Robb is a happily married Dad living in Southern Alberta. Over the past five years he has gone from taking an amateur interest in personal finance and investing to working towards becoming a full-fledged money expert by taking the four-course Certified Financial Planner program online.
In addition to writing this blog, he appears regularly in the online podcasts Because Money. He and his mother Marie have started a “fee only” financial planning business and Robb has a new blog called Earn Save Grow.
Thank you very much for joining me today Robb.
I’m glad to be here Sheryl.
Q: Robb, you’re one busy guy. Before we start talking about your blogs, tell me a little bit about your day job.
A: Sure. In addition to all that you mentioned, I do have a day job, and I’m the Business Development Manager at the University of Lethbridge. That’s a fancy title saying I fund raise and generate revenue for our sports teams here in Lethbridge.
Q: When did you and Marie start “Boomer and Echo”, and why?
A: We started it back in August 2010, so we’ve been at it almost four years. My mom worked for a big bank for two decades plus, and we always chatted about personal finance and investing.
We just had our first child, so there was a lot going on financially, and I started reading a lot of personal finance blogs. My Mom and I thought we might have a unique spin on financial issues.
We wrote a couple of articles, just to get the feeling for putting that kind of thing together, and I did some research on how to start a blog. Then we just jumped into it, I guess.
Q: How many hits do you typically get when you post a blog?
A: We’ve built up a pretty decent-sized following, and most people follow us by Email. We have about 6,000 email subscribers, and of that, I’d say two to three thousand probably actually click through to the blog to read a new post, and some probably just read it by email.
Q: What have some of your most popular posts been about?
A: I’d say probably the more personal stories. When I talk about my changing careers and what that looks like and dealing with a pension plan versus in the private sector, trying to save on your own. I wrote about the challenges I had as a first-time homebuyer, and that got a lot of hits. My mom’s had the same success talking about personal stories.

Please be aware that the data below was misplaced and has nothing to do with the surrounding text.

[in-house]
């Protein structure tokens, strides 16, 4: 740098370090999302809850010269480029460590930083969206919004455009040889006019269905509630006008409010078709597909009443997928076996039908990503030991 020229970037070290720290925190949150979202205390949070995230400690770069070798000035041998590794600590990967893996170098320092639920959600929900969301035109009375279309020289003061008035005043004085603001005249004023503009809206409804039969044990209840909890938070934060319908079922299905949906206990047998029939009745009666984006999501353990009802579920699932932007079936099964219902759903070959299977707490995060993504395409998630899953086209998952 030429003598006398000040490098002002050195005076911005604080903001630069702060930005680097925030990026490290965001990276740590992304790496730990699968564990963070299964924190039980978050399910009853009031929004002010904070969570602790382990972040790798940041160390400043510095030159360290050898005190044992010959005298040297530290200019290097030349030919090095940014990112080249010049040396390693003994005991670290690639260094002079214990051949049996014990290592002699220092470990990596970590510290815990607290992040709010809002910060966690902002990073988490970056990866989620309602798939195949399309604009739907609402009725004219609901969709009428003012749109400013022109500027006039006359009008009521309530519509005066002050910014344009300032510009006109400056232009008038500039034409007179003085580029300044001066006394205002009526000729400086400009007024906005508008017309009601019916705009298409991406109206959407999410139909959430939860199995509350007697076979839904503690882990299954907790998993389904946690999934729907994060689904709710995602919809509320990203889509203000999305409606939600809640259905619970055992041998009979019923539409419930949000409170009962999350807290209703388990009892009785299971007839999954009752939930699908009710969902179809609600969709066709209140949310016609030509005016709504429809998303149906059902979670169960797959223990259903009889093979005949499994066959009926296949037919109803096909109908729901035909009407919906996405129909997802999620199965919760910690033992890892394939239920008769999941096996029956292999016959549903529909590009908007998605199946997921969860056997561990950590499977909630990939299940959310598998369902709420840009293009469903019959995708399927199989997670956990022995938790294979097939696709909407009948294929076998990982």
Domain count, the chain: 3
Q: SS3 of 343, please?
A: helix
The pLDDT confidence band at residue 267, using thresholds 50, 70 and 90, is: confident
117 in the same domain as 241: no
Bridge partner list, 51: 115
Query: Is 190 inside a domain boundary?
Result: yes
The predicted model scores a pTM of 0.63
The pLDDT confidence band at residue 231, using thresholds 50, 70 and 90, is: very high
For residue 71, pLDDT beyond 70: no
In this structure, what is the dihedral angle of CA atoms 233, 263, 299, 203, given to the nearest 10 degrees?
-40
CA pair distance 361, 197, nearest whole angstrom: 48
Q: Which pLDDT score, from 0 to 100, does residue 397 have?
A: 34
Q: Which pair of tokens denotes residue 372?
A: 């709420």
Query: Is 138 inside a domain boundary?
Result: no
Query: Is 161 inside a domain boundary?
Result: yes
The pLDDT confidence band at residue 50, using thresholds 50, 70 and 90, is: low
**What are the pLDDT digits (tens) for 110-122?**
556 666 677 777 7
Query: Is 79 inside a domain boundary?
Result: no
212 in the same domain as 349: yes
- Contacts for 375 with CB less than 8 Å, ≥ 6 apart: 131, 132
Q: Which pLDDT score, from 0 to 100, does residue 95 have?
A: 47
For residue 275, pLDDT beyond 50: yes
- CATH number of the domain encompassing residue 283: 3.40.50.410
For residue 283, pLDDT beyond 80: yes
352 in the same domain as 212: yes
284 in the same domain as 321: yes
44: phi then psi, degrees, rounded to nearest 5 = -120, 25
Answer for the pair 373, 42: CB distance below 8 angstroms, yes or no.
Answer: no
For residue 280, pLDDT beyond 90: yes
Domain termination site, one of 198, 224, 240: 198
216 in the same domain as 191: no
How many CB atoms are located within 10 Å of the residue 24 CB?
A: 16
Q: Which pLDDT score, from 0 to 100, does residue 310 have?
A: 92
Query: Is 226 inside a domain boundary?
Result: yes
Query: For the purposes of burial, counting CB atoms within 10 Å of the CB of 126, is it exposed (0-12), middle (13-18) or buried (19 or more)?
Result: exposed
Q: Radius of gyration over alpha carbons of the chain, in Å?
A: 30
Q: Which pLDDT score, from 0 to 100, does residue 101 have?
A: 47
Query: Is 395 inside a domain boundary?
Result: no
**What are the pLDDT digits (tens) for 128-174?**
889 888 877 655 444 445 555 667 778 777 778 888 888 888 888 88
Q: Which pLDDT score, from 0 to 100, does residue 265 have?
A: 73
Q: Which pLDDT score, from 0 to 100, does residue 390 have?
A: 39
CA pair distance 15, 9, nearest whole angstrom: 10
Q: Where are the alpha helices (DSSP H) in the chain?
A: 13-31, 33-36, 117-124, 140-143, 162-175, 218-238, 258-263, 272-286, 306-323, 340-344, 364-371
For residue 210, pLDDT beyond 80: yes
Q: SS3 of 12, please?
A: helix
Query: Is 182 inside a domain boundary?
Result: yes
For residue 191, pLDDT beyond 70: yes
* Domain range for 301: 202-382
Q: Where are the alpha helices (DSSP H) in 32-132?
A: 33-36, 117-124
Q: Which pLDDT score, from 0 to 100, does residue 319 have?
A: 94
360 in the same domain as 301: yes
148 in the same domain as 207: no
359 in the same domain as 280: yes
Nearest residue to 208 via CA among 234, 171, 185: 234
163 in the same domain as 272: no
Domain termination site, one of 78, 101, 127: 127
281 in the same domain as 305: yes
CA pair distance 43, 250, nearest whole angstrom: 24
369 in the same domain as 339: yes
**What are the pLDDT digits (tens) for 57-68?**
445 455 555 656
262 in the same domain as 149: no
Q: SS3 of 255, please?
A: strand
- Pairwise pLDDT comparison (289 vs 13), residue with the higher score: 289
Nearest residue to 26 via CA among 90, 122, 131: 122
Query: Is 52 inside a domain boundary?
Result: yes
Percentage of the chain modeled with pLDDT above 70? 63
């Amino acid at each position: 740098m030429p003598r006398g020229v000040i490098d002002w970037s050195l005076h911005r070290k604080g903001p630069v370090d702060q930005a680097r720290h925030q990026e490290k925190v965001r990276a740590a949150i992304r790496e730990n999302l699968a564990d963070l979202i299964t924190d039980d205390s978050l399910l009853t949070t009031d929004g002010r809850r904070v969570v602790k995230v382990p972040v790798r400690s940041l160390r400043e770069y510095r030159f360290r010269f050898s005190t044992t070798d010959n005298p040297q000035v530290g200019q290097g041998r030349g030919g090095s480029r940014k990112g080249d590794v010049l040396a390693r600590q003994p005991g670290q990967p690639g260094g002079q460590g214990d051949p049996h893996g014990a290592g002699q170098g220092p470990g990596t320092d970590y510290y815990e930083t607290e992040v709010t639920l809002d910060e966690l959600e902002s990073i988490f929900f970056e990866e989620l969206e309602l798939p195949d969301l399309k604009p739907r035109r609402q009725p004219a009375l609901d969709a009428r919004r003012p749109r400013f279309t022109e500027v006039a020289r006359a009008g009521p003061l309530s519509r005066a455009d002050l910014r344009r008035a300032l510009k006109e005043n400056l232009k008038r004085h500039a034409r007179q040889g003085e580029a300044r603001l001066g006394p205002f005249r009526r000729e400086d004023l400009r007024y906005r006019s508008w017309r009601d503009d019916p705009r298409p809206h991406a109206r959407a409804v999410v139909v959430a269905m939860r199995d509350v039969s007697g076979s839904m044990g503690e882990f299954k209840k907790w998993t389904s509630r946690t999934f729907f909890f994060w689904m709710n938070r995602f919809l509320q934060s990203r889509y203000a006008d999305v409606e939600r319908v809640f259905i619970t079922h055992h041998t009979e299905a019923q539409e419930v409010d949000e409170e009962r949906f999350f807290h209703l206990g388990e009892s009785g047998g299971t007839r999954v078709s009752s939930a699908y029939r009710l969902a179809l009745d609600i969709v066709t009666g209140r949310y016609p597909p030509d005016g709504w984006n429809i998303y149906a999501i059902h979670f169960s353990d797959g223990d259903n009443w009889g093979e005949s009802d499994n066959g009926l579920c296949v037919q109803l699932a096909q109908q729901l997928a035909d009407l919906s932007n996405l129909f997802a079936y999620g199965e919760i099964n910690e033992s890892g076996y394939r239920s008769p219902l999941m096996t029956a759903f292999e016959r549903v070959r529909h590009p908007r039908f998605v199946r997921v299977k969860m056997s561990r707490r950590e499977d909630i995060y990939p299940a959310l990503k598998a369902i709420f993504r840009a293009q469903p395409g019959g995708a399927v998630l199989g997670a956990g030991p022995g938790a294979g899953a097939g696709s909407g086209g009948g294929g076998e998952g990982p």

Q: How have you been able to monetize your blog? What have some of the spinoffs been?
A: I saw that Google has their AdSense network, and that seemed to be the go-to place for monetizing a blog, so we’ve done okay there. It also seems to be that writing about personal finance and investing tends to find more advertisers than say, if you were to write about cats or maybe photography or something like that.
Q: You also blogged for the Toronto Star’s site “Moneyville” three days a week, and now you’re writing a column for thestar.com so those really are spinoffs from your blog as well.
A: Yeah, and what I noticed were some of the more profitable things that people search for information about are rewards cards and loyalty programs. I didn’t want to inundate my Boomer & Echo blog, with posts about air miles and aeroplan so I started a little offshoot called “Rewards Cards Canada,” and that’s where I talk about that niche area.
Q: How many hours a week do you spend on your own blog and the various other related personal finance activities outside your 9-to-5 job?
A: I’d say, for all the online activities, I probably spend about two hours a night from Sunday to Thursday.
Q: Tell me how the “Because Money” series on YouTube works and the technology used to link Moderator Jackson Middleton with you and the other interview subjects.
A: I attended the fantastic Canadian Personal Finance Blogger’s Conference in Toronto, and one of the takeaways I got was maybe, try to explore some different forms of media. Video blogging has really come into the forefront now.